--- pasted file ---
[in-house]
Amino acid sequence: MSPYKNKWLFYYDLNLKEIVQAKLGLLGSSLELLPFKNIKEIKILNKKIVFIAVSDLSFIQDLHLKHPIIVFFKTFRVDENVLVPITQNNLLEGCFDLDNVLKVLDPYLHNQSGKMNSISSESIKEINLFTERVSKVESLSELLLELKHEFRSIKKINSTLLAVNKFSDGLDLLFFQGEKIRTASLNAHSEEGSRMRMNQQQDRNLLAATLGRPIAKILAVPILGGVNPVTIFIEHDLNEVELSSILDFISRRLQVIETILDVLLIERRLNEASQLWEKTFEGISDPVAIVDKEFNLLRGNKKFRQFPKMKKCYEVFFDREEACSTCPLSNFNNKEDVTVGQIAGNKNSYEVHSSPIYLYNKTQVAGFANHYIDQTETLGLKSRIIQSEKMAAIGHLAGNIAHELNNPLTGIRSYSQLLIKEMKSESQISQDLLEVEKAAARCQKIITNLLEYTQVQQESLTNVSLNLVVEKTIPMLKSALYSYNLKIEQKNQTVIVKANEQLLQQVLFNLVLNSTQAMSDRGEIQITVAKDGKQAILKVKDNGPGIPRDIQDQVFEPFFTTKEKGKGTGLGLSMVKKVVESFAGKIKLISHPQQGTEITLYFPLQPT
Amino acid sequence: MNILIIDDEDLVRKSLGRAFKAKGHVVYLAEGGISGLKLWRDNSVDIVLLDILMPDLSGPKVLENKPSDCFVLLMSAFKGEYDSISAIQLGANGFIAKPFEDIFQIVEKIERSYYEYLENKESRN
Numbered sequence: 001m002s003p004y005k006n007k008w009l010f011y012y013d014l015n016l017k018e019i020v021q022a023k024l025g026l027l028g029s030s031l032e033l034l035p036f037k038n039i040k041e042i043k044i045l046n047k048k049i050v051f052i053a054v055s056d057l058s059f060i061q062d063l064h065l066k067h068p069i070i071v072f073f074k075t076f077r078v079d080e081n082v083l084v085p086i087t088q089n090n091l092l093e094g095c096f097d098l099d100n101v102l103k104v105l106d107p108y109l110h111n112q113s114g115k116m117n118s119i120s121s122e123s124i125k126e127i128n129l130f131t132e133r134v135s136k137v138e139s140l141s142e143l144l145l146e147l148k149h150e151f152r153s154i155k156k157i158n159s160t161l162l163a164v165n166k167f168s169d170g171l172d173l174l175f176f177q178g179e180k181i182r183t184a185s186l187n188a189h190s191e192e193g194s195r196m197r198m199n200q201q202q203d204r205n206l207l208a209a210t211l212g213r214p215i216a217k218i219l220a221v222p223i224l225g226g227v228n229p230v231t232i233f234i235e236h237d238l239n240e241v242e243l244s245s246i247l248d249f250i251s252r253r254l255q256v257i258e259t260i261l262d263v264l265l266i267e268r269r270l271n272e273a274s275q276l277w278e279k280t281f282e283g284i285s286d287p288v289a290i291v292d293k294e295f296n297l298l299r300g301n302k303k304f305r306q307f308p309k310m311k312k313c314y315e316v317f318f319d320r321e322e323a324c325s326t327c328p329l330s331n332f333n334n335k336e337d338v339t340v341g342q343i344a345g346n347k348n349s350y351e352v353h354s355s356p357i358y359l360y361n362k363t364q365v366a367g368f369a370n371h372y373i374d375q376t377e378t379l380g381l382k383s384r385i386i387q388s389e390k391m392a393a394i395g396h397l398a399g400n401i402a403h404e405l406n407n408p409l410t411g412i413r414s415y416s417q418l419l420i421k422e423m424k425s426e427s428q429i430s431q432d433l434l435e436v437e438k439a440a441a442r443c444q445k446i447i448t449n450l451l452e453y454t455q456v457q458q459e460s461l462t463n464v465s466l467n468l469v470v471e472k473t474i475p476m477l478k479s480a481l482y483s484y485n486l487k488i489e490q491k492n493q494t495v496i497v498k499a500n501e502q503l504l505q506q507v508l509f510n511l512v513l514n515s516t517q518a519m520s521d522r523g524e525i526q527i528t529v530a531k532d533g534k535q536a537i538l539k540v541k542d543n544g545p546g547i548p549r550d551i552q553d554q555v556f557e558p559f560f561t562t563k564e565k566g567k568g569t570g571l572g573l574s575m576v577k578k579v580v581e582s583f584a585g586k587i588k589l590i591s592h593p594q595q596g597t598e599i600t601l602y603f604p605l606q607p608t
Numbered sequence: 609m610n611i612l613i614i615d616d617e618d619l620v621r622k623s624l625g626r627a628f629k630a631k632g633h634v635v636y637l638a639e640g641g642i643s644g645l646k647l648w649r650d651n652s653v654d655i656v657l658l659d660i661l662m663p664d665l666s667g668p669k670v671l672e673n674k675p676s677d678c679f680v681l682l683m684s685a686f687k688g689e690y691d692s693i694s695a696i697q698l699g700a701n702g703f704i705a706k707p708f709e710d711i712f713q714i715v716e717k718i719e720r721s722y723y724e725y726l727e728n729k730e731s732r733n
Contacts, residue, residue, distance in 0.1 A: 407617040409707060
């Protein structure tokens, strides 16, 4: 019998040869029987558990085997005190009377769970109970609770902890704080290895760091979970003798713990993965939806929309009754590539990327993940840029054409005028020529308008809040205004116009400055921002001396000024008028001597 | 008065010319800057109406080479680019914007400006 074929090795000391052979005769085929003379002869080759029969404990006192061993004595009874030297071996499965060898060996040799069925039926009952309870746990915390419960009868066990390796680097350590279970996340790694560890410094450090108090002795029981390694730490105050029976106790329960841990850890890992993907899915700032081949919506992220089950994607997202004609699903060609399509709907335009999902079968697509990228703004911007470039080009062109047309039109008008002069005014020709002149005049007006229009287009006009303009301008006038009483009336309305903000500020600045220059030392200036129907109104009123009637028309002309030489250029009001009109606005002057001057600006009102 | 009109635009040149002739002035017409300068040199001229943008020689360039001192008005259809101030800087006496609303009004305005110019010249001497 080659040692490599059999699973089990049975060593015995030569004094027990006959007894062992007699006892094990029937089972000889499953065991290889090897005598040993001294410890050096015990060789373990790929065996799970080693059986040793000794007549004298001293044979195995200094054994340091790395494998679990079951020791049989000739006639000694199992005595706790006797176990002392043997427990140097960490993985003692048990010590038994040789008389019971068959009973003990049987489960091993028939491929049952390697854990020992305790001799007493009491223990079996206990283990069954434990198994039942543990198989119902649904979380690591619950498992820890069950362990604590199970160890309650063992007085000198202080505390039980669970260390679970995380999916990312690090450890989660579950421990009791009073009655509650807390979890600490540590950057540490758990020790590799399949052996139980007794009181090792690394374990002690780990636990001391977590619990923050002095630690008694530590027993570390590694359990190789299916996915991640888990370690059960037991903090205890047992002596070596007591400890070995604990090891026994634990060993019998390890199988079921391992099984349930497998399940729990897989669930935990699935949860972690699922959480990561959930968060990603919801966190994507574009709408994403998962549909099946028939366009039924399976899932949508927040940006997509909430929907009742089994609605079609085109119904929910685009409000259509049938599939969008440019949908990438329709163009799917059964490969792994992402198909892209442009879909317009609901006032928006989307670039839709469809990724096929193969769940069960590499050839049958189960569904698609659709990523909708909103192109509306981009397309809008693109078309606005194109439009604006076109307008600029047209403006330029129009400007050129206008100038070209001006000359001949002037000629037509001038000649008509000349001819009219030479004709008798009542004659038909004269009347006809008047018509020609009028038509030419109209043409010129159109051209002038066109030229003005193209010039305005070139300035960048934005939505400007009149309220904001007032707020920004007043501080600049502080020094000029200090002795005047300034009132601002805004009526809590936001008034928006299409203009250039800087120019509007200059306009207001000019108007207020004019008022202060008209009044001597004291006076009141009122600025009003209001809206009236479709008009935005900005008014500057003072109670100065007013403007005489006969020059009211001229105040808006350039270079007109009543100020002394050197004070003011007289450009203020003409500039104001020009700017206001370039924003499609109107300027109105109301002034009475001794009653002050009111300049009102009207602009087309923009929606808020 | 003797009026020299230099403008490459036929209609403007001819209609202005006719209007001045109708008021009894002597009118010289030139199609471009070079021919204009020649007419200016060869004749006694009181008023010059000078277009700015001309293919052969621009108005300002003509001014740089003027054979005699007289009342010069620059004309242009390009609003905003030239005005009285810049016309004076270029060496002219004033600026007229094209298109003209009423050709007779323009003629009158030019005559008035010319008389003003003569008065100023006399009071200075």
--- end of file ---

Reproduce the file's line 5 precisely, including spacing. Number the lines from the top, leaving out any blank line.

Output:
Numbered sequence: 609m610n611i612l613i614i615d616d617e618d619l620v621r622k623s624l625g626r627a628f629k630a631k632g633h634v635v636y637l638a639e640g641g642i643s644g645l646k647l648w649r650d651n652s653v654d655i656v657l658l659d660i661l662m663p664d665l666s667g668p669k670v671l672e673n674k675p676s677d678c679f680v681l682l683m684s685a686f687k688g689e690y691d692s693i694s695a696i697q698l699g700a701n702g703f704i705a706k707p708f709e710d711i712f713q714i715v716e717k718i719e720r721s722y723y724e725y726l727e728n729k730e731s732r733n